It’s been a little more than two months since my last post and, while things have been different, it’s not surprising that things have also remained the same.
Ruthie and Bill came by for dinner yesterday— perfect for Ruthie’s lessons on Yahoo mail and navigating both the church blog and this one. She’s one very quick study— “a sponge,” I call her.
Our visit also allowed us quality time together, so I could learn more about her.
Revisiting St. Simon
In talking about health issues, which we all seem to have these days, I immediately remembered “revisiting St. Simon;” so I clicked on the link.
On seeing the photo of Most Precious Blood Church, Ruthie’s face lit up.
“I know the church!” she exclaimed before adding that they’d attended a funeral there “just last week.”
We viewed the photo files of the St. Jude Shrine after which I clicked on the stone pocket-cross prayer.
“You see the cross in the photo? It’s this one here,” I said, reaching across the desk.
I handed Ruthie the brown-black stone cross that David gave me last year, since I keep it here by my computer all the time.
Bearing one’s crosses
“It’s really difficult to bear one’s crosses,” Ruthie softly sighed.
I nodded smilingly in agreement. “Which is why, when I’m facing something truly insurmountable, I reach for the little stone cross, hold it, rub it, and reflect on its relevance in my life.”
Ruthie held the small stone cross, rubbing it gently as if etching a memory of its smoothness in her small hands.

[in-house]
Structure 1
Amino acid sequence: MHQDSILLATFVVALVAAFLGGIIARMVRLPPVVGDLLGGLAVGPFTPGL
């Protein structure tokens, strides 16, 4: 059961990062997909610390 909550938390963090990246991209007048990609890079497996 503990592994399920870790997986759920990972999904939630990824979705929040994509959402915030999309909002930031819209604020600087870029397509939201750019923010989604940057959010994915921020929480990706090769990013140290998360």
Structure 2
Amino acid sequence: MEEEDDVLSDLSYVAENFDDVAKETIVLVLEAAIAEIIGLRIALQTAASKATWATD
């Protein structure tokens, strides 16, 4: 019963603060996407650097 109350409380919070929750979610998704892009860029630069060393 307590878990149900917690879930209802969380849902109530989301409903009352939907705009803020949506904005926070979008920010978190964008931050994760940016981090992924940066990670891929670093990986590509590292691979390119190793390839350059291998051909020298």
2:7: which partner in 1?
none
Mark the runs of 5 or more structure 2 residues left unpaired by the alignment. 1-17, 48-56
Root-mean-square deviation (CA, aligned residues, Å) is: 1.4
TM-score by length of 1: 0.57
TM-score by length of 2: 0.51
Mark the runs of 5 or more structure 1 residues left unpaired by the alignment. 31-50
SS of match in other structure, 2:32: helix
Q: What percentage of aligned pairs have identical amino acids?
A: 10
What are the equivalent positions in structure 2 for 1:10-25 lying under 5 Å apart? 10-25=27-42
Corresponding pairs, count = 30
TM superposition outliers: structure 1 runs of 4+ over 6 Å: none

“How could David have known that I’d need this very personal reminder to carry me through the tough times?” I wondered out loud. “He couldn’t even come up with a reason for giving it to me other than he sensed that I needed it— or would need it— somehow.”
As we continued reading, Ruthie sat on the edge of her seat, wholely engrossed in the text’s message.
“So you see how simple it is?” I asked when I thought she’d finished reading. “All you have to do is revisit St. Simon’s post to connect with the small stone cross and reread the prayer.”
Ruthie smiled. “Simon was my father’s name, and I never knew anything about
St. Simon until now.”
I smiled, too, because just then Ruthie had made a personal connection that, hopefully, would help her remember that she’s not alone when she’s afraid.
Where two or more are gathered
It’s always so much easier to bear one’s cross when we have something to hold onto: A memory, a special memento, the knowledge that someone’s with us through the tough times, maybe not in person but in one’s heart.
When I go through my rough moments, I come here to my thoughtful spot where I can gaze at the Holy Infant’s picture above my workspace. I hold the small stone cross tightly, pressing my concerns and all my feelings into its surface as I dialogue with the Infant.
Forgive me, sweet Jesus. I’m having a tough time bearing my cross right now. I know you love me. I know you’re with me. I’m with you. Please know that this, too, will pass. Thank you, Jesus. Praise you, Jesus. I’ll get through this somehow.
I think about Sister in Australia. I think about the cathedral back home. I think about my friends— Paty, Rose, Pat, Cammie, and others— who, like Ruthie, have shared their crosses with me.
Most of all I recall the Child Jesus chaplet prayer:
Divine Infant Jesus, I adore your cross. And I accept all the crosses you will be pleased to send me….
At that moment, I sense that my mind, heart, and soul have penetrated the small stone cross to its core. I’m infused with warmth. I’m empowered all over again.
One cross overcome
This morning after nine o’clock Mass, I had a most joyful surprise. Not only did I see Ruthie and Bill but I was also heartfully greeted by Rose, whom I hadn’t seen since before her recent throat surgery.
Rose’s beautiful blue eyes were barely visible as her smiles practically swallowed them up. She was sooo happy that everything she said ended in exclamation points.